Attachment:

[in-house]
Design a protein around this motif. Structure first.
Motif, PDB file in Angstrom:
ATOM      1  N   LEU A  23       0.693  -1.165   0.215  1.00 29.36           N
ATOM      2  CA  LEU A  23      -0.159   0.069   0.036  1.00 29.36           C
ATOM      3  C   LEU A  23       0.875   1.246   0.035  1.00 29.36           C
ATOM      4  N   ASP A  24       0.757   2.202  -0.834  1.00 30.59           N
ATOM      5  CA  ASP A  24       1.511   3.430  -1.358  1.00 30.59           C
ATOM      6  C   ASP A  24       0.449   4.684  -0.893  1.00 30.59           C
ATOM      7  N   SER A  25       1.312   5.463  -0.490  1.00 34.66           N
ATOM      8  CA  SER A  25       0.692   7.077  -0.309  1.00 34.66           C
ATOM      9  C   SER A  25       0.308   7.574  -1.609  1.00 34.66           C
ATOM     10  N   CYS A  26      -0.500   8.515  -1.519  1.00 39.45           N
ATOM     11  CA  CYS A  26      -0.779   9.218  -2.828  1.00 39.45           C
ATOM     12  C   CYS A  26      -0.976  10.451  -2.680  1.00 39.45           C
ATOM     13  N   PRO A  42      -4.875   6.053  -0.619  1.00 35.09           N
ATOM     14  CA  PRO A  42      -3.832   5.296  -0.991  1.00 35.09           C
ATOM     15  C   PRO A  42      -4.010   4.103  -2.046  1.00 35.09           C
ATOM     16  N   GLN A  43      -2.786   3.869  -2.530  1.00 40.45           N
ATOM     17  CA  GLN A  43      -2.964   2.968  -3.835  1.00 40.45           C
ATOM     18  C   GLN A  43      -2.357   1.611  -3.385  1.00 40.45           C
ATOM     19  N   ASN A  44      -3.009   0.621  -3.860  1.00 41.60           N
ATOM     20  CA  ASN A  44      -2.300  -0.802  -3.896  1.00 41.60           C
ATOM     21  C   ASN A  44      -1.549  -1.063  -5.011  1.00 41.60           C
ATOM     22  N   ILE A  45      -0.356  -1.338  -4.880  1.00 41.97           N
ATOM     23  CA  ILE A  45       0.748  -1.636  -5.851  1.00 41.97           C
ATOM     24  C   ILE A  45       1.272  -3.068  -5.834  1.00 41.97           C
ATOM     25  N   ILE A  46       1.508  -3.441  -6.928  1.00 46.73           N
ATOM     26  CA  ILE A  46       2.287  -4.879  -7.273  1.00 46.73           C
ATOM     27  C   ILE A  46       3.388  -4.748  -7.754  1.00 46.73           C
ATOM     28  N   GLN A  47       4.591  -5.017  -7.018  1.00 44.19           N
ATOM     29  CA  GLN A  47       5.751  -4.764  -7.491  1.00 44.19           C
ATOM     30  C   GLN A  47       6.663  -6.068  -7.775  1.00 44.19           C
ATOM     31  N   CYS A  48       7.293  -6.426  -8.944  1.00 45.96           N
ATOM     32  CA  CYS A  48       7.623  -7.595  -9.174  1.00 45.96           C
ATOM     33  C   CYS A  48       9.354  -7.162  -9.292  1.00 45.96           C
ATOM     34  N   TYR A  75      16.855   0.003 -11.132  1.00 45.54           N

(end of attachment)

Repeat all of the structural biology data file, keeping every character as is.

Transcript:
[in-house]
Design a protein around this motif. Structure first.
Motif, PDB file in Angstrom:
ATOM      1  N   LEU A  23       0.693  -1.165   0.215  1.00 29.36           N
ATOM      2  CA  LEU A  23      -0.159   0.069   0.036  1.00 29.36           C
ATOM      3  C   LEU A  23       0.875   1.246   0.035  1.00 29.36           C
ATOM      4  N   ASP A  24       0.757   2.202  -0.834  1.00 30.59           N
ATOM      5  CA  ASP A  24       1.511   3.430  -1.358  1.00 30.59           C
ATOM      6  C   ASP A  24       0.449   4.684  -0.893  1.00 30.59           C
ATOM      7  N   SER A  25       1.312   5.463  -0.490  1.00 34.66           N
ATOM      8  CA  SER A  25       0.692   7.077  -0.309  1.00 34.66           C
ATOM      9  C   SER A  25       0.308   7.574  -1.609  1.00 34.66           C
ATOM     10  N   CYS A  26      -0.500   8.515  -1.519  1.00 39.45           N
ATOM     11  CA  CYS A  26      -0.779   9.218  -2.828  1.00 39.45           C
ATOM     12  C   CYS A  26      -0.976  10.451  -2.680  1.00 39.45           C
ATOM     13  N   PRO A  42      -4.875   6.053  -0.619  1.00 35.09           N
ATOM     14  CA  PRO A  42      -3.832   5.296  -0.991  1.00 35.09           C
ATOM     15  C   PRO A  42      -4.010   4.103  -2.046  1.00 35.09           C
ATOM     16  N   GLN A  43      -2.786   3.869  -2.530  1.00 40.45           N
ATOM     17  CA  GLN A  43      -2.964   2.968  -3.835  1.00 40.45           C
ATOM     18  C   GLN A  43      -2.357   1.611  -3.385  1.00 40.45           C
ATOM     19  N   ASN A  44      -3.009   0.621  -3.860  1.00 41.60           N
ATOM     20  CA  ASN A  44      -2.300  -0.802  -3.896  1.00 41.60           C
ATOM     21  C   ASN A  44      -1.549  -1.063  -5.011  1.00 41.60           C
ATOM     22  N   ILE A  45      -0.356  -1.338  -4.880  1.00 41.97           N
ATOM     23  CA  ILE A  45       0.748  -1.636  -5.851  1.00 41.97           C
ATOM     24  C   ILE A  45       1.272  -3.068  -5.834  1.00 41.97           C
ATOM     25  N   ILE A  46       1.508  -3.441  -6.928  1.00 46.73           N
ATOM     26  CA  ILE A  46       2.287  -4.879  -7.273  1.00 46.73           C
ATOM     27  C   ILE A  46       3.388  -4.748  -7.754  1.00 46.73           C
ATOM     28  N   GLN A  47       4.591  -5.017  -7.018  1.00 44.19           N
ATOM     29  CA  GLN A  47       5.751  -4.764  -7.491  1.00 44.19           C
ATOM     30  C   GLN A  47       6.663  -6.068  -7.775  1.00 44.19           C
ATOM     31  N   CYS A  48       7.293  -6.426  -8.944  1.00 45.96           N
ATOM     32  CA  CYS A  48       7.623  -7.595  -9.174  1.00 45.96           C
ATOM     33  C   CYS A  48       9.354  -7.162  -9.292  1.00 45.96           C
ATOM     34  N   TYR A  75      16.855   0.003 -11.132  1.00 45.54           N